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Darwin Correspondence Project

To J. D. Hooker   22 July [1879]1

Down, | Beckenham, Kent. | Railway Station | Orpington. S.E.R.

July 22d

My dear Hooker

If my memory serves me rightly Dyer has left Kew for his holidays, & so I write to you to ask you if by any chance you have seeds of Lathyrus aphaca or any young seedlings 2 or 3 of which could be potted.2 If I receive no answer I shall understand that you cannot aid me.— I want to try whether the tendrils are apheliotropic, for I record that they revolve very little, I conjecture that they may find a support by bending towards any dark object.—3

Our book on the movements of Plants will, I think, contain a good deal of new matter, but will be intolerably dull.4 I have been working pretty hard of late & want rest & change, so we all go on August 1st to Coniston for a month.5 It is an awful journey to me.— It is a long time since I have heard any news of you & yours, & what you are doing & intending to do. Frank comes back in the beginning of next month from Würzburg, where he has been working pretty hard on various subjects & practising dissection, cutting slices &c.—6

I have just read Balls’ essay. It is pretty bold. The rapid development, as far as we can judge, of all the higher plants within recent geological times is an abominable mystery. Certainly it wd be a great step if we could believe that the higher plants at first could live only at a high level; but until it is experimentally that Cycadeæ, Ferns &c can withstand much more carbonic acid than the higher plants, the hypothesis seems to me far too rash.7 Saporta believes that there was an astonishingly rapid development of the higher plants, as soon flower-frequenting insects were developed & favoured intercrossing.8 I shd. like to see this whole problem solved.

I have fancied that perhaps there was during long ages a small isolated continent in the S. hemisphere, which served as the birth place of the higher plants; but this is a wretchedly poor conjecture. It is odd that Ball does not allude to the obvious fact that there must have been alpine plants before the Glacial period, many of which wd have returned to the mountains after the glacial period when the climate again became warm. I always accounted to myself in this manner for the Gentians &c.—

Ball ought also to have considered the Alpine insects common to the Arctic regions. I do not know how it may be with you, but my faith in the Glacial migration is not at all shaken.9

Ever my dear old friend yours truly | Ch. Darwin

P.S. I shall have to return some plants to Kew when we leave home.— Your plant of Smilax aspera has been injured by scale insects which were only lately detected.—10 Is this worth returning? It is a large bush.


The year is established by the relationship between this letter and the letter from J. D. Hooker, 26 July 1879.
William Turner Thiselton-Dyer had not left Kew (see letter from J. D. Hooker, 26 July 1879). Lathyrus aphaca is yellow pea.
In a note dated 2 September 1879, CD wrote that he could detect no apheliotropism in tendrils of Lathyrus aphaca (DAR 209.7: 65).
Movement in plants was published in 1880.
The Darwins stayed at Coniston in the Lake District from 2 to 27 August 1879; they were in London on 1 August (Emma Darwin’s diary (DAR 242)).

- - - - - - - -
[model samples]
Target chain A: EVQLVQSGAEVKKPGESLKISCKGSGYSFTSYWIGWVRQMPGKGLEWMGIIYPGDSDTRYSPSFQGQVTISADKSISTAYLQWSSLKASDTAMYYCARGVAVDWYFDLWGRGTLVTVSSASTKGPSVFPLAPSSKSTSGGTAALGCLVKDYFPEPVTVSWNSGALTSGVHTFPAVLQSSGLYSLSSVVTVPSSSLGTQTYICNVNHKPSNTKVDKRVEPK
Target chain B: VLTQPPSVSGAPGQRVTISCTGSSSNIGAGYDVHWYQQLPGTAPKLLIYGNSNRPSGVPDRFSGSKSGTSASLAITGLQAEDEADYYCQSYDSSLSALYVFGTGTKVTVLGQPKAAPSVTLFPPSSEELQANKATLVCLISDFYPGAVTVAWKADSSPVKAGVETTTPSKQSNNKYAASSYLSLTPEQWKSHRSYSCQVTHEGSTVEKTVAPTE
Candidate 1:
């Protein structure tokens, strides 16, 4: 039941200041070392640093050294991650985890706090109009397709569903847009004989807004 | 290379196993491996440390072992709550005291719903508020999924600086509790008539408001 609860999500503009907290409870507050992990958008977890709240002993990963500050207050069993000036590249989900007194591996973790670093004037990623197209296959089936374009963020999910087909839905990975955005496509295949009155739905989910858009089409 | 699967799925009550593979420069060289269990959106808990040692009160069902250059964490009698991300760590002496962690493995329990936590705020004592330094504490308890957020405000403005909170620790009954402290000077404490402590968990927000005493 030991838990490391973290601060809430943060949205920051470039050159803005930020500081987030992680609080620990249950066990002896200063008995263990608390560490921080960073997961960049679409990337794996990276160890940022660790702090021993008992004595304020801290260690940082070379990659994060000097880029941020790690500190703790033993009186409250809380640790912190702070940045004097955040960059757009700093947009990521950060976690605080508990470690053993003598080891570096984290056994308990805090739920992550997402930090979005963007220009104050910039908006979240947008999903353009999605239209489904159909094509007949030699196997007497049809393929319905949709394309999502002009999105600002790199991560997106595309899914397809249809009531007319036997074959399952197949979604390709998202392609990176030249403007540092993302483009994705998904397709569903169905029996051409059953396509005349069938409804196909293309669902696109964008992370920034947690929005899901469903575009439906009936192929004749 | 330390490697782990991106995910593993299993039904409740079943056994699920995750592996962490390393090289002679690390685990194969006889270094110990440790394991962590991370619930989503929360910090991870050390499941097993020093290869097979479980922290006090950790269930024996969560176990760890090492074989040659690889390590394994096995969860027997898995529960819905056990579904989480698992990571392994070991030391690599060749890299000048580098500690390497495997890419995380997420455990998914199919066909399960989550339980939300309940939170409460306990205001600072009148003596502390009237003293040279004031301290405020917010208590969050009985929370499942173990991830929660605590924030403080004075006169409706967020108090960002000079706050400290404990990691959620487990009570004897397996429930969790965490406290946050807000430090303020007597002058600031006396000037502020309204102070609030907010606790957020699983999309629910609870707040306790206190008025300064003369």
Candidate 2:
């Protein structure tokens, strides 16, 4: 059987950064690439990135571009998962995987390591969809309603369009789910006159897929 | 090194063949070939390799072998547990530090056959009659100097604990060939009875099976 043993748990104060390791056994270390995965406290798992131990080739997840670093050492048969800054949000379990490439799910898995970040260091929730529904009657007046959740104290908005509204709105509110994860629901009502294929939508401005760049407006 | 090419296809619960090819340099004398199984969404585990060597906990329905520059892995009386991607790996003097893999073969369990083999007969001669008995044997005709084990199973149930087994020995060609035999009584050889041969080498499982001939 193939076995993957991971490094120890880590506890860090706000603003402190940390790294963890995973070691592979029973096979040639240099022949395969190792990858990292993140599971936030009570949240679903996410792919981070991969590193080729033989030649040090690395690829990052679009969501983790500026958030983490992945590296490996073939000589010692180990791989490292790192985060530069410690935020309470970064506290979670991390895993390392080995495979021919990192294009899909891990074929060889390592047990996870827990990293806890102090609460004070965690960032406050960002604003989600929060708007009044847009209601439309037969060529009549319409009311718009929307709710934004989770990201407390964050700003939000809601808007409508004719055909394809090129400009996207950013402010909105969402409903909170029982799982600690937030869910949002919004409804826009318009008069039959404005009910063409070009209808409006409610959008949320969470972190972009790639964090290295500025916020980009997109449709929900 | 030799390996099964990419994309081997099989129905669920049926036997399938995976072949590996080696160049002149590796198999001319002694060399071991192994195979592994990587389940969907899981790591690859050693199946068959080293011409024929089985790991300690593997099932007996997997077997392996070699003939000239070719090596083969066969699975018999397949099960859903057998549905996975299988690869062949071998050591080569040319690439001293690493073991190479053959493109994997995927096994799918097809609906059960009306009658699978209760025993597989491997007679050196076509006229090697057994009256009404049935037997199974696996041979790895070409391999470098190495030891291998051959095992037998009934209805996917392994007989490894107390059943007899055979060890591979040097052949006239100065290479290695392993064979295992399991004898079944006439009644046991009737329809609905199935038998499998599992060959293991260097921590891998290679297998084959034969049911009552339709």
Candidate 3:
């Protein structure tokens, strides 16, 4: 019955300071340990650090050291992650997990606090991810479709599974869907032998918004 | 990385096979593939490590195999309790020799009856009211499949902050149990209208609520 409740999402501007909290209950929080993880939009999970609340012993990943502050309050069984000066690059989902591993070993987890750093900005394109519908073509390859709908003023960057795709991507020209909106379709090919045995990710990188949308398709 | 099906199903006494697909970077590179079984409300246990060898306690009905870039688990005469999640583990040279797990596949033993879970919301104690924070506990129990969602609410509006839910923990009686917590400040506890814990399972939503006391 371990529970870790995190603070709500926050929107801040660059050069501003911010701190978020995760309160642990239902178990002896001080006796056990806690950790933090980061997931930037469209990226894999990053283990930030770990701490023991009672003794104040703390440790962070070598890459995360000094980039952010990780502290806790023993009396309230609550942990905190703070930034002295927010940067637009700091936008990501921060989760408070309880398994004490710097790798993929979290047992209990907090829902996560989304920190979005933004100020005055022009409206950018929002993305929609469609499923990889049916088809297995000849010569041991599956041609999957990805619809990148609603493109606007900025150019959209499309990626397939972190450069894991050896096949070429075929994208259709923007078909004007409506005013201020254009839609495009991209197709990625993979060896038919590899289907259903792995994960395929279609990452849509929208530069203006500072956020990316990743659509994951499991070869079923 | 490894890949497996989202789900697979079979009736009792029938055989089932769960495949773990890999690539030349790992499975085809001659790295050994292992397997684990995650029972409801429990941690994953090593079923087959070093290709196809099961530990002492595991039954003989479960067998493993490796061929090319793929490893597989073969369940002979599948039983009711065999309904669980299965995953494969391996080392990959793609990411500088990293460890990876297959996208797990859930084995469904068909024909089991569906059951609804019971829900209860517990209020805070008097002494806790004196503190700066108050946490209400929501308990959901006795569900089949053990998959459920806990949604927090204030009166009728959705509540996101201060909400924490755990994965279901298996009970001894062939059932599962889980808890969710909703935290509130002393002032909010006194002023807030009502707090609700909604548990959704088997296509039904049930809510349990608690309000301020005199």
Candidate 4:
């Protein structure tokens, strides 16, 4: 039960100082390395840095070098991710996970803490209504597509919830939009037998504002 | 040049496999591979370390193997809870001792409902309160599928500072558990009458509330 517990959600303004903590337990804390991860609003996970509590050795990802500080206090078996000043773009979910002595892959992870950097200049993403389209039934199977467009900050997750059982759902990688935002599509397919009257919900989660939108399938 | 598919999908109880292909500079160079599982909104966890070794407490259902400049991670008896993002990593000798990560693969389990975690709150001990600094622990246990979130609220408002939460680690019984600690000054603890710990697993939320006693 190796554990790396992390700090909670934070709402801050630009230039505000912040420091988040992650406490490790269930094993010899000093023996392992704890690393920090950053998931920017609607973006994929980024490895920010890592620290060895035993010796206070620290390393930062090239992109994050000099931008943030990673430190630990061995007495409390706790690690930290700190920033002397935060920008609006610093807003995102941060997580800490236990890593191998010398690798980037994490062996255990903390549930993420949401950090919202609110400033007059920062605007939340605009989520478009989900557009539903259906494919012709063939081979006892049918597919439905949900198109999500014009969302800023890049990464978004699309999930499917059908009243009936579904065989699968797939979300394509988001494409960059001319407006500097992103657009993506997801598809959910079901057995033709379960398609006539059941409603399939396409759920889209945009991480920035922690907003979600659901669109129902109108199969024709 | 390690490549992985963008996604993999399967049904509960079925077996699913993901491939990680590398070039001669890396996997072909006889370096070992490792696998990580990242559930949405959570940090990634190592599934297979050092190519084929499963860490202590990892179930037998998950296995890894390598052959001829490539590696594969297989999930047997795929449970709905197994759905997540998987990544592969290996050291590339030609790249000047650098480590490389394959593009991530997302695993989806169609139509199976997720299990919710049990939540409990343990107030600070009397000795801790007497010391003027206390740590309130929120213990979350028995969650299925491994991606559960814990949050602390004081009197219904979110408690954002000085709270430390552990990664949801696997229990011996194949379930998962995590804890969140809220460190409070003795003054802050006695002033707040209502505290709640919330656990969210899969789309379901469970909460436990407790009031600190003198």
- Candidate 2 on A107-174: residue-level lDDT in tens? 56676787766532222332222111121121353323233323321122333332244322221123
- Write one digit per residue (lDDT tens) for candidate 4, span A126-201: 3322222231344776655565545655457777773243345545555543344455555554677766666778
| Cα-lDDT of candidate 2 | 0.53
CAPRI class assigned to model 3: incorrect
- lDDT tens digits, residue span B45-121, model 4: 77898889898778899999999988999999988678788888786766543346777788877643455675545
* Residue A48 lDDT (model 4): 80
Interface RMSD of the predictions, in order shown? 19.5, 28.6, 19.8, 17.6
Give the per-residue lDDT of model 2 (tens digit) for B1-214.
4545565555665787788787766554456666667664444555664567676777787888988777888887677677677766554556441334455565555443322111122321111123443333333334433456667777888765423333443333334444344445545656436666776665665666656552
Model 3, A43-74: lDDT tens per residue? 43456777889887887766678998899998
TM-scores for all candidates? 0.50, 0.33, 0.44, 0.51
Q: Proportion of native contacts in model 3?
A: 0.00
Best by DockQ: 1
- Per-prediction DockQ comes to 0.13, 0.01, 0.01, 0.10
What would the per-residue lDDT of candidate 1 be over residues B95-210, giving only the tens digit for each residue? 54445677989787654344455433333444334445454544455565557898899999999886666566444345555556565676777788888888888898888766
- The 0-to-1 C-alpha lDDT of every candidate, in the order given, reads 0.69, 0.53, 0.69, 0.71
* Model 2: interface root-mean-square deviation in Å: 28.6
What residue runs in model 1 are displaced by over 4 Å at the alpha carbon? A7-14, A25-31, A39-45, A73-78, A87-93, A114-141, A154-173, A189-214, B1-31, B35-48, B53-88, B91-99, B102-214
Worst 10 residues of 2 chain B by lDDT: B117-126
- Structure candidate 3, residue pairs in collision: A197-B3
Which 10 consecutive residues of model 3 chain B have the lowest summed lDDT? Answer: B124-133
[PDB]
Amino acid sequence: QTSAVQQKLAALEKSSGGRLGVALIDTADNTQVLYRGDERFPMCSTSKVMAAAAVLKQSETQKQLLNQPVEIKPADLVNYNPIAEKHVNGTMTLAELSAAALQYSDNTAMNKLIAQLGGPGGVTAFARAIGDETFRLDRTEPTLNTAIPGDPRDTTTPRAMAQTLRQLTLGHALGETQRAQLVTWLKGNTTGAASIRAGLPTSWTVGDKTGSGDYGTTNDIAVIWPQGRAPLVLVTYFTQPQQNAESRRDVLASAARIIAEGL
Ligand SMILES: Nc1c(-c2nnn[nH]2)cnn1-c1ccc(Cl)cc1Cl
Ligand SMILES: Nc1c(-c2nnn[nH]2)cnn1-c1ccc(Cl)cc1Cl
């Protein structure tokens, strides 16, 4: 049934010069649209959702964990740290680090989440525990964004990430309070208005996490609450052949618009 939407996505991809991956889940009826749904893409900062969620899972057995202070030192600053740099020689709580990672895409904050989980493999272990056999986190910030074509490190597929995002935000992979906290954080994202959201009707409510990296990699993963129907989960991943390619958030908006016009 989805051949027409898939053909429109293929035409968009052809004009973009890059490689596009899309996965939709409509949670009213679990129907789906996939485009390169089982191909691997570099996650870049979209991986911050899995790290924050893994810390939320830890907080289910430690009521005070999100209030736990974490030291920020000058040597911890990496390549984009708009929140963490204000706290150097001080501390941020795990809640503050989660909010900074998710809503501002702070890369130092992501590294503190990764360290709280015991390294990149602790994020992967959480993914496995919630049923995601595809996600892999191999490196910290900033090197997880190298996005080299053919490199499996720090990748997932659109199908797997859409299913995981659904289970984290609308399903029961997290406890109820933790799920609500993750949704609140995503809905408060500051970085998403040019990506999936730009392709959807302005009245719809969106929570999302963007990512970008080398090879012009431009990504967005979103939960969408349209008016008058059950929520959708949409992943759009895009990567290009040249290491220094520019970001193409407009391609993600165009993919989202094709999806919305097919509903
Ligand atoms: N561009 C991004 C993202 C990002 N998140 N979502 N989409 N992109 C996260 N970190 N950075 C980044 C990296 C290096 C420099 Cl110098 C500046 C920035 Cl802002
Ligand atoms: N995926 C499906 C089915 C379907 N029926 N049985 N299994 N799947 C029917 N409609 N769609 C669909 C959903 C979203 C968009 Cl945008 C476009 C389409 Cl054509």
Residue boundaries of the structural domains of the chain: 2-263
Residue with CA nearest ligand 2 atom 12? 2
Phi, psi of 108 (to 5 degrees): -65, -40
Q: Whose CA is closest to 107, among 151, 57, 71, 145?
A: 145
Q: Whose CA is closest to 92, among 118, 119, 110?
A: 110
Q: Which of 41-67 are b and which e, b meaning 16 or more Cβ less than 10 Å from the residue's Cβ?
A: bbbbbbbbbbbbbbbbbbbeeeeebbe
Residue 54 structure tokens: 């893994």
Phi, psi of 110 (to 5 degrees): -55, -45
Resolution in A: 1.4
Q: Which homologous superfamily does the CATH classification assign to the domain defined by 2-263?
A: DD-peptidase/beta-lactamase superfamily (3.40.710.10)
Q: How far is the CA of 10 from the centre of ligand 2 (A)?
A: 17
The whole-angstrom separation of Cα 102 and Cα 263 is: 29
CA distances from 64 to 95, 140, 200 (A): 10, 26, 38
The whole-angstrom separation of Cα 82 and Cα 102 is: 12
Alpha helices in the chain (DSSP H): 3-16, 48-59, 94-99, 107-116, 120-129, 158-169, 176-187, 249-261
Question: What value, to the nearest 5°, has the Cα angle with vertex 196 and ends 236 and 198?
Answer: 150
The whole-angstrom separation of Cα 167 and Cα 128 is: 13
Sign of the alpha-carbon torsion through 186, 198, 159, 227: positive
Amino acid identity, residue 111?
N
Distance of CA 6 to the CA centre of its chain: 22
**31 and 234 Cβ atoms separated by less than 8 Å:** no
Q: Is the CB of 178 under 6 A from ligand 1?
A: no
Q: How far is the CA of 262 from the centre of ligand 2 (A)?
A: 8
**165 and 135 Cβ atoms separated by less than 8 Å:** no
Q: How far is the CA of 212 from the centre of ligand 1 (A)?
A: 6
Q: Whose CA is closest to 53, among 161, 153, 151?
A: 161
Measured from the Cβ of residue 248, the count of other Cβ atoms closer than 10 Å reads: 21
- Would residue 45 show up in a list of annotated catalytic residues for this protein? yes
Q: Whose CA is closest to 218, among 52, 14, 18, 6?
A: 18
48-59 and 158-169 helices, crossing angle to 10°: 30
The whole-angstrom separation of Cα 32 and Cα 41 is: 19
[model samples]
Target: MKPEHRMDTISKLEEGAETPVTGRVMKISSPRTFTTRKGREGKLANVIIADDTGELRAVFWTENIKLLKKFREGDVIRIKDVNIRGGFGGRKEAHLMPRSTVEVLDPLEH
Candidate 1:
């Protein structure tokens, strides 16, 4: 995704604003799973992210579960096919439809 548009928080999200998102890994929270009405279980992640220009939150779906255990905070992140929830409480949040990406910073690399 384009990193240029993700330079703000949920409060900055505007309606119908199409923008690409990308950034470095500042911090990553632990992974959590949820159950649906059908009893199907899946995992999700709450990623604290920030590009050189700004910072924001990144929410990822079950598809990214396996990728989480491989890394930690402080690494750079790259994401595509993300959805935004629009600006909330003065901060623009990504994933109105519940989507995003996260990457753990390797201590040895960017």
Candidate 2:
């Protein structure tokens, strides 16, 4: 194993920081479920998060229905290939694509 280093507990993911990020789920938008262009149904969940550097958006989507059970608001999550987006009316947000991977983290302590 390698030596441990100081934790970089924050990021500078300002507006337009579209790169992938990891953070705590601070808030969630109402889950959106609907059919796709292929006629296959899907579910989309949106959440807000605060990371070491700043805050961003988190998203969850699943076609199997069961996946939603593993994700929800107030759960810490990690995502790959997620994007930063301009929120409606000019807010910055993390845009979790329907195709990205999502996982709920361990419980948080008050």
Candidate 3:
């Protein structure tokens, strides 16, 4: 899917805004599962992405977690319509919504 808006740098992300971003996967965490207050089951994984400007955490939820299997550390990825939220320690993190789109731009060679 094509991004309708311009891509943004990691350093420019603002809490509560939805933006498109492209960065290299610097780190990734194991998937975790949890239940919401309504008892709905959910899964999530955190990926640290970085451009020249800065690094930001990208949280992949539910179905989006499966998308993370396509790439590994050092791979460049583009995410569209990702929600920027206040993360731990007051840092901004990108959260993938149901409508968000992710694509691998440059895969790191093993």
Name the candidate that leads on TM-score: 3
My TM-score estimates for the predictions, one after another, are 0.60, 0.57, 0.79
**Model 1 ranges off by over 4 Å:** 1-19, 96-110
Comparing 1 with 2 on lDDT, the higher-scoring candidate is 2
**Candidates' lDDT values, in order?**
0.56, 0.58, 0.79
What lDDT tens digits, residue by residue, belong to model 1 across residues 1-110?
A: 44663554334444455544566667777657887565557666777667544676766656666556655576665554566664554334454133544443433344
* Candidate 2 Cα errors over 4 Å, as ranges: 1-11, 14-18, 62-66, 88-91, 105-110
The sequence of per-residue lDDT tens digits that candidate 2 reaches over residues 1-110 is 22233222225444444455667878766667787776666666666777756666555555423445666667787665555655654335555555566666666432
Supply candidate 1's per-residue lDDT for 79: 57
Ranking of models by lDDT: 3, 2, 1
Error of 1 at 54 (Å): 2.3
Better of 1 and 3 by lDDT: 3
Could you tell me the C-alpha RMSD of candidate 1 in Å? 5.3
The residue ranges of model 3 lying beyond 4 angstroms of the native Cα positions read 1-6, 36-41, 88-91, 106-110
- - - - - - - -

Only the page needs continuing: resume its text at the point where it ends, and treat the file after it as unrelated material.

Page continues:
Francis Darwin joined the Darwins at Coniston on 4 August 1879 (Emma Darwin’s diary (DAR 242)).
John Ball’s paper ‘On the origin of the flora of the European Alps’ was published in Proceedings of the Royal Geographical Society and Monthly Record of Geography (Ball 1879). Cycadeae (a synonym of Cycadaceae, the family of cycads) were the dominant plants of the Mesozoic period. Ball hypothesised that higher plants emerged at high altitudes, where there was a lower concentration of carbonic acid in the atmosphere (Ball 1879, pp. 581–3).
Gaston de Saporta discussed the sudden appearance of many angiosperms (flowering plants) in the Upper Cretaceous in ‘Les anciens climats de l’Europe et le développement de la végétation’ (Ancient climates of Europe and the development of vegetation; Saporta 1878). In a letter to CD of 16 December 1877 (Correspondence vol. 25), Saporta argued that many flowering plants and insects, particularly sucking insects, must have evolved together.
The theory of glacial migration was part of CD’s theory of geographical distribution (see Origin, pp. 367–70).
CD had received a plant of Smilax aspera (rough bindweed) from Kew on 16 December 1878 (Outwards book, p. 486, Archives, Royal Botanic Gardens, Kew). Scale insects are sap-sucking bugs of the superfamily Coccoidea.


Ball, John. 1879. On the origin of the flora of the European Alps. [Read 9 June 1879.] Proceedings of the Royal Geographical Society and Monthly Record of Geography 1: 564–89.

Movement in plants: The power of movement in plants. By Charles Darwin. Assisted by Francis Darwin. London: John Murray. 1880.

Origin: On the origin of species by means of natural selection, or the preservation of favoured races in the struggle for life. By Charles Darwin. London: John Murray. 1859.

Saporta, Gaston de. 1878a. Les anciens climats de l’Europe et le développement de la végétation: conférence donnée au Congrès de l’Association française pour l’avancement des sciences, tenu au Hâvre en août 1877. Aix-en-Provence: Marius Illy.


At work on Movement in plants.

Discusses John Ball’s, G. de Saporta’s, and his own theories of higher plant origin. Their rapid development remains an "abominable mystery".

Frank is working in Würzburg.

Letter details

Letter no.
Charles Robert Darwin
Joseph Dalton Hooker
Sent from
Source of text
DAR 95: 485–8
Physical description

Please cite as

Darwin Correspondence Project, “Letter no. 12167,” accessed on 27 November 2021,